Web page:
"Now, plenty of people get frustrated with Franklin Covey because, without control over the Runway level, it's impossible to actually make any progress at the higher levels. But then, plenty of people get frustrated with GTD because they feel it turns them into "widget crankers" with no greater purpose."

                    Katherine[/QUOTE]

                    Me. I am one of the people who starts feeling like a widget cranker and even when I finish the finish line, sometimes I am not even aware of it (I guess that's good in a way because it was so effortless) but I often miss the thrill, the payoff of wow I did that, yay. Other times I feel like I am cranking disembodied widgets, doing busy work. I definitely need more connection to a higher elevation--I do lose sight of what it's all about while I am buying new lampshades at Target for the two lamps on my desk here.
                    Also I am off at Target and really need to be at home putting in a good two hours on a lecture or a writing project, and the N/A for that can't really be get out 200 page manuscript and put in center of desk. Next N/A--go to Target for lampshades--size under "reminders" in Treo phone.

                    So many good things though, but I am just pointing out one of my pitfalls. Yeah I would like to see that book from David.

                    Katherine, I love your directness. V. refreshing.

                    Trish

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                    • #11
                      Originally posted by kewms View Post
                      I think that's nonsense. Plenty of people who've never heard of GTD pay lots of attention to higher elevations. Methodologies like Franklin Covey place higher elevations (known in Franklin Covey-speak as Roles and Goals) front and center.

                      Now, plenty of people get frustrated with Franklin Covey because, without control over the Runway level, it's impossible to actually make any progress at the higher levels. But then, plenty of people get frustrated with GTD because they feel it turns them into "widget crankers" with no greater purpose.

                      Katherine
                      Okay, I don't know how long I've been doing GTD but I know it is at least a year. I am one who used to be very good at the higher elevation stuff. I had goals and knew what direction I wanted to go and all. But I did not achieve 99% of the goals I set. Even if I moved the date back, what I wanted to do simply never happened.

                      In came GTD and now I accomplish 99% of what I write down on my lists to do which has bolstered my self-confidence significantly.

                      In recent months, though, I have begun to consider, based on the things I write down and am actually accomplishing, if I'm really spending the time on the things I want to be doing. For instance, I managed to successfully plant and keep a garden weed-free as well as harvest things from it, thanks to GTD, but is gardening what I really like doing?

                      I imagine that over the course of the next year, now that I have a greater awareness of what I'm spending my time on, thanks to GTD, I will be making adjustments to my goals - deleting some, adding others - so that what I do on a daily basis is actually in line with the upper level stuff.

                      Comment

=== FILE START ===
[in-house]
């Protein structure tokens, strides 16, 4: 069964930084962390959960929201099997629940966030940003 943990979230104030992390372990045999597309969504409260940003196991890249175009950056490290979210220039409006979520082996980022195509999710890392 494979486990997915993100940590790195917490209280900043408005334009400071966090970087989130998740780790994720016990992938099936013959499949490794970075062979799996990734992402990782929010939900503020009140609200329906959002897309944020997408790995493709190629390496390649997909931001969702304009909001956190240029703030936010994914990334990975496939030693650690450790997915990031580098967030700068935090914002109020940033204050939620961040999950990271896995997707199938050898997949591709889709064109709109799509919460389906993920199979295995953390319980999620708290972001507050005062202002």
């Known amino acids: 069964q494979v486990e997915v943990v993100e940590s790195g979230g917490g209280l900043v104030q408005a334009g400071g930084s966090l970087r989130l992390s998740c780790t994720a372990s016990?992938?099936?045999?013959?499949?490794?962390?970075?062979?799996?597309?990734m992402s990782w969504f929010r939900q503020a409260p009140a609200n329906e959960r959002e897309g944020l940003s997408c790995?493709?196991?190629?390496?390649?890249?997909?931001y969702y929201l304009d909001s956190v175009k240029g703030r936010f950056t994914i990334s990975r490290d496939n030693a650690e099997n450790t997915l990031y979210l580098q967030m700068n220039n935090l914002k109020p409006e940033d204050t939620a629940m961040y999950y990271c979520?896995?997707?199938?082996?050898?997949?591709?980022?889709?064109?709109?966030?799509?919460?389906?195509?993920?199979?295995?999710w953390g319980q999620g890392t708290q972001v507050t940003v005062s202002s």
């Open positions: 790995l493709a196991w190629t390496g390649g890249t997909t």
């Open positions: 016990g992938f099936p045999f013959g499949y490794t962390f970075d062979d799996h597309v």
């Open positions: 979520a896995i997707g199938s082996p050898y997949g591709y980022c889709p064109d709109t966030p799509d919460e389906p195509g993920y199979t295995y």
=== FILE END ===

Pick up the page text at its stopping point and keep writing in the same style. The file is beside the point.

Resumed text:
• #12
                        Originally posted by gotbisco View Post
                        that's partially it. I think that I can already see the correlation between confidence in the system and anxiety about responsibilities. Getting kGTD going for me has made a big difference as I've started to respect the context in a different way. What I haven't tackled yet are the higher elevations (I haven't gotten the book yet and I'm assuming that's going to make a big impact on my perception) and it seems that evaluating the higher elevations are a big part to the mind like water.
                        You must get the book! There is no point in nibbling around the edges. Well, there probably is...but, go ahead and get the book! You can get a used copy for 5 or 6 bucks on eBay. Well worth it.

                        Comment


                        • #13
                          I agree, the book is extremely valuable. However, it depends on what kind of learning style you have, when evaluating the 'best way' to learn GTD. I started GTD some time in the Winter of 2001, by stumbling on the book, and reading it. I have been at it ever since. I love reading, and love books, so it was a great way for me to start. My wife, on the other hand, doesn't really like reading, and learns better when she hears things ... so the GTD Fast CDs have been great for her. Personal coaching was the best for her.

                          I have also attended the Road Map seminar here in Boston, which is superb. I took about eight other staff people with me, and those that read the book were following along better than those that were new to the concepts. The few of us who had read the book, listen to the Fast CDs, and had some 'practice' under our belts, were especially tracking with the higher altitude stuff. (Although, I must admit, the fact that none of us were doing our Weekly Reviews weekly was probaly the biggest takeaway. I hate to admit that, since the Weekly Review is stressed so emphatically in all the GTD literature ... but it was something we all hadn't taken as seriously as we should. We felt so much more on top things than ever, that we didn't take the WR as it really is ... the moment of true GTD convergence.)